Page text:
In 1937, the first Soviet sports club was created at the University. The club's tasks were versatile, one of them being the development of a training system for ‘masters of sports’ (one of the highest sport titles in the USSR and modern Russia).The first students sport scamp in Vyritsa, near St. Petersburg, was also held in 1937.

The work of the department stopped at the outbreak of the Great Patriotic War. Many teachers went to the front. Some of them were evacuated from the besieged city, while others stayed to provide physical training for irregular troops (People's Militia) and do recreational sports with wounded soldiers.

In early 1944 the instructors begin to return from evacuation. In 1945 the Department of Physical Culture and Sports was re-established. The University's sports club was opened, with prof. M.I. Vinogradov being its first head.

The Department's best traditions preserved in spite of the War. Most teachers continued their work, including Vasily Fedorovish Miroshnikov, Head of Department and one of the most gifted activists and organisers of university sports.

Many innovations in students training were introduced by the Department between 1946 and 1951. A dedicated medical group for students with special health requirements was established in 1946. It was a recreation group headed my E.P. Petrov, senior instructor with a degree in medicine. In 1947 the specialisation principle was introduced: the students would select a particular sport for their study period. In the 1940s there were 900 students doing 18 sports, while two decades later, in 1969, there were already 7900 students having a choice of 29 sports. In 1946-1968, the Department trained 111 masters of sports.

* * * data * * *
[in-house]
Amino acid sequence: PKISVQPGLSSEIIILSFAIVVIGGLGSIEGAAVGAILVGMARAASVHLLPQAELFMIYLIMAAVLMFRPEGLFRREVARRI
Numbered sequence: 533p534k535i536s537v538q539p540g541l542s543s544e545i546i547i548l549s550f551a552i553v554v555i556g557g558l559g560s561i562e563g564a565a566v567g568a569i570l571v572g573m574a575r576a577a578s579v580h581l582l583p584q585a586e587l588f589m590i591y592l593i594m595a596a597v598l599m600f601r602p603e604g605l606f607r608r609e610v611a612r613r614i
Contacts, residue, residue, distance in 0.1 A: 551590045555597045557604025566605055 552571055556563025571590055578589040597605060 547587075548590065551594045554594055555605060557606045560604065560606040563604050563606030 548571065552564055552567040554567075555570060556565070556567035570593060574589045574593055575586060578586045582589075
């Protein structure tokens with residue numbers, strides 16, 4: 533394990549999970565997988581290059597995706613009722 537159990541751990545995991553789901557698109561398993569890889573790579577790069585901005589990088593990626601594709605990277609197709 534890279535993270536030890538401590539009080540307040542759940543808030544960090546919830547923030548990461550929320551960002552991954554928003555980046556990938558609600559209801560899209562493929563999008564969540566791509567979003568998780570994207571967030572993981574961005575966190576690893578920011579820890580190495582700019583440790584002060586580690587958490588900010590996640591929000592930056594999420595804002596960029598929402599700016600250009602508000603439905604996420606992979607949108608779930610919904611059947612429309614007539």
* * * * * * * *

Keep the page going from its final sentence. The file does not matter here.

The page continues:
The research, that began at the Department before the War, blossomed in the 1960s.In 1965 the Ministry of Education initiated a research laboratory under the Department. The laboratory was to deal with physical education and sports.The first issue of the Students Physical Education Journal appeared in 1964.

Since 1952 the USSR was a full-fledged participant of the Olympic Games, and the University's sportsmen were frequently part of the national team.Some of them won the glory of Olympic champions: G. Shatkov (1956, boxing), N.Kuchinskaya (1968, gymnastics), Yu. Tarmak (1972, athletics), T. Kazankina (1976 and 1980, athletics). There have also been winners of the Chess Olympiad: B. Spassky (1969-1972) and A. Karpov (1975-1985). V. Korchnoy many times got to the final.

About the 100 years of the Department's work yielded 47 international masters of sports (the highest sports rank in the USSR and Russia) and about 500 masters of sports, including many champions and prize-winners at national, European and world competitions.

Today the Department enjoys modern sports facilities: a swimming pool, a ski centre, indoor games halls, dedicated halls for aerobics, wrestling, boxing and other activities. The students have an opportunity to select from 22 sports, with the classes delivered by highly-qualified teachers and couches. The Department has numerous international links with universities of Germany, Poland, Hungary, Switzerland, the Czech Republic, and other countries.